A29. Rice, R.E., Hughes, D. & Love, G. (1989). Usage and outcomes of electronic messaging at an R&D organization: Situational constraints, job level, and media awareness. Office: Technology and People, 5(2), 141-161.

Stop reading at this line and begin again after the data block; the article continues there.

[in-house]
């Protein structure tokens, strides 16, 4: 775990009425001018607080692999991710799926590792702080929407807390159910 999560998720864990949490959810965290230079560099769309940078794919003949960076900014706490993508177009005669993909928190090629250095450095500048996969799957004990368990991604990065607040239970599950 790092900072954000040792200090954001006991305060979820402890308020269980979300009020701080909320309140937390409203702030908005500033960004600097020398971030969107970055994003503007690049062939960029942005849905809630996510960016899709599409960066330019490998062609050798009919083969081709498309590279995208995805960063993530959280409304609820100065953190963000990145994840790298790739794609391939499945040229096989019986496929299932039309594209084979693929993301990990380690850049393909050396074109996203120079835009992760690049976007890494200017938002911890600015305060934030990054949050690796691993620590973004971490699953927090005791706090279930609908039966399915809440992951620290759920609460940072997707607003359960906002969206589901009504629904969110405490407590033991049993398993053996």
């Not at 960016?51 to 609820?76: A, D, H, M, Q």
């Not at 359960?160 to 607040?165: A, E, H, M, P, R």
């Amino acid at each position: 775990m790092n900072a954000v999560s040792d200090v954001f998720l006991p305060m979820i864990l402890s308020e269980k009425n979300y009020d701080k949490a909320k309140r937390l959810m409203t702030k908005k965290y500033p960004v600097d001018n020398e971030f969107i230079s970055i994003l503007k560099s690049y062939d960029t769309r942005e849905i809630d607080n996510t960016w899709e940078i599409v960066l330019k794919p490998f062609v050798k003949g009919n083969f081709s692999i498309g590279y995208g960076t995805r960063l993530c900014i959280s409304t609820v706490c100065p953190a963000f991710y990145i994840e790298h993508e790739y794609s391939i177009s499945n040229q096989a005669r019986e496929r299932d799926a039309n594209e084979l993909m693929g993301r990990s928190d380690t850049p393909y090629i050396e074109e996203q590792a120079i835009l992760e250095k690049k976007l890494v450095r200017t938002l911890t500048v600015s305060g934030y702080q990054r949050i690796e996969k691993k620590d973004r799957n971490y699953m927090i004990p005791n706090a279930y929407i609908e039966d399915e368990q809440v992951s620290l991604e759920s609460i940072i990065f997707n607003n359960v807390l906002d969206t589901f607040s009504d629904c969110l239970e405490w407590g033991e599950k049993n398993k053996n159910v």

This paper is an individual-level analysis of the adoption and use of an electronic messaging system (EMS) by nearly 500 members of an R&D organization. It complements the network-level analysis reported by Eveland and Bikson in 1988 and the qualitative analysis reported by Markus in 1987. The present paper develops and tests hypotheses about relationships among job categories, perceived social presence of an electronic messaging system (a measure of media awareness), self-reported and computer-monitored use of the system, and outcomes such as changes in work effectiveness, communication flows, and use of extant media. The primary conditions associated with non-adoption of electronic mail were physical proximity of a respondent's contacts and lack of accessibility to needed contacts through the system. Higher-level organizational members used the system more, and reported more improvements in outcomes, counter to predictions by information richness theory. Usage was weakly correlated with outcomes, but was generally more strongly correlated for those respondents who were more aware of the appropriateness of the EMS for a variety of communication activities. The paper ends by discussing the lessons learned about the adoption and outcomes of an EMS this one organization, based on three studies with very different methods and perspectives.

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